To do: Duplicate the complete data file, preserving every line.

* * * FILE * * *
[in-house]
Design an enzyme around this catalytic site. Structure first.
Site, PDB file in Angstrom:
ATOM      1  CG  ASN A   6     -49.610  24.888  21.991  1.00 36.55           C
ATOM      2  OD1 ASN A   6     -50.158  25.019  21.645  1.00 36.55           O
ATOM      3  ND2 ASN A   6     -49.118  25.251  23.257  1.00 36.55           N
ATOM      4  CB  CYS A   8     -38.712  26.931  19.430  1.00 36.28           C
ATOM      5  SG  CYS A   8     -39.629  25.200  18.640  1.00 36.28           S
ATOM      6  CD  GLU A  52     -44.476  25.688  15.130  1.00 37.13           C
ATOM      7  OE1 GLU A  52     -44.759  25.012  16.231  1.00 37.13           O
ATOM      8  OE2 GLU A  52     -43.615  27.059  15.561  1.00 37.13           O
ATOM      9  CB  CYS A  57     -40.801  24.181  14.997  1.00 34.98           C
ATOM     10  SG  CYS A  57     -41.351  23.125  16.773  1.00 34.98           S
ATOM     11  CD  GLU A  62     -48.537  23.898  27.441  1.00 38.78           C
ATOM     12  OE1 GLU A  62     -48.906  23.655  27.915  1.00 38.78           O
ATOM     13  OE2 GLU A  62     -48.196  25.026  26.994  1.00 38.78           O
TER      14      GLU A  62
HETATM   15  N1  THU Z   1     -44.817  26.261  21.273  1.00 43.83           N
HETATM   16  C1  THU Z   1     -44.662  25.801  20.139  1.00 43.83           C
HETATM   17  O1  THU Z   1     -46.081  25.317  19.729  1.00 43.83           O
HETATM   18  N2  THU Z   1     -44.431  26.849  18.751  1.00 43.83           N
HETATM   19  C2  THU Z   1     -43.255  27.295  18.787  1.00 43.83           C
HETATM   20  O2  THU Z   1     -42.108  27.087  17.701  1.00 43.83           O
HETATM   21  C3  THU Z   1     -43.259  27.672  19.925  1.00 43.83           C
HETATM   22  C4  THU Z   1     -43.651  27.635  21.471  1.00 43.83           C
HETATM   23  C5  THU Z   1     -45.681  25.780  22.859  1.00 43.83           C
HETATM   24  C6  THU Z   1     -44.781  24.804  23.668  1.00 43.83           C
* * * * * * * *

[in-house]
Design an enzyme around this catalytic site. Structure first.
Site, PDB file in Angstrom:
ATOM      1  CG  ASN A   6     -49.610  24.888  21.991  1.00 36.55           C
ATOM      2  OD1 ASN A   6     -50.158  25.019  21.645  1.00 36.55           O
ATOM      3  ND2 ASN A   6     -49.118  25.251  23.257  1.00 36.55           N
ATOM      4  CB  CYS A   8     -38.712  26.931  19.430  1.00 36.28           C
ATOM      5  SG  CYS A   8     -39.629  25.200  18.640  1.00 36.28           S
ATOM      6  CD  GLU A  52     -44.476  25.688  15.130  1.00 37.13           C
ATOM      7  OE1 GLU A  52     -44.759  25.012  16.231  1.00 37.13           O
ATOM      8  OE2 GLU A  52     -43.615  27.059  15.561  1.00 37.13           O
ATOM      9  CB  CYS A  57     -40.801  24.181  14.997  1.00 34.98           C
ATOM     10  SG  CYS A  57     -41.351  23.125  16.773  1.00 34.98           S
ATOM     11  CD  GLU A  62     -48.537  23.898  27.441  1.00 38.78           C
ATOM     12  OE1 GLU A  62     -48.906  23.655  27.915  1.00 38.78           O
ATOM     13  OE2 GLU A  62     -48.196  25.026  26.994  1.00 38.78           O
TER      14      GLU A  62
HETATM   15  N1  THU Z   1     -44.817  26.261  21.273  1.00 43.83           N
HETATM   16  C1  THU Z   1     -44.662  25.801  20.139  1.00 43.83           C
HETATM   17  O1  THU Z   1     -46.081  25.317  19.729  1.00 43.83           O
HETATM   18  N2  THU Z   1     -44.431  26.849  18.751  1.00 43.83           N
HETATM   19  C2  THU Z   1     -43.255  27.295  18.787  1.00 43.83           C
HETATM   20  O2  THU Z   1     -42.108  27.087  17.701  1.00 43.83           O
HETATM   21  C3  THU Z   1     -43.259  27.672  19.925  1.00 43.83           C
HETATM   22  C4  THU Z   1     -43.651  27.635  21.471  1.00 43.83           C
HETATM   23  C5  THU Z   1     -45.681  25.780  22.859  1.00 43.83           C
HETATM   24  C6  THU Z   1     -44.781  24.804  23.668  1.00 43.83           C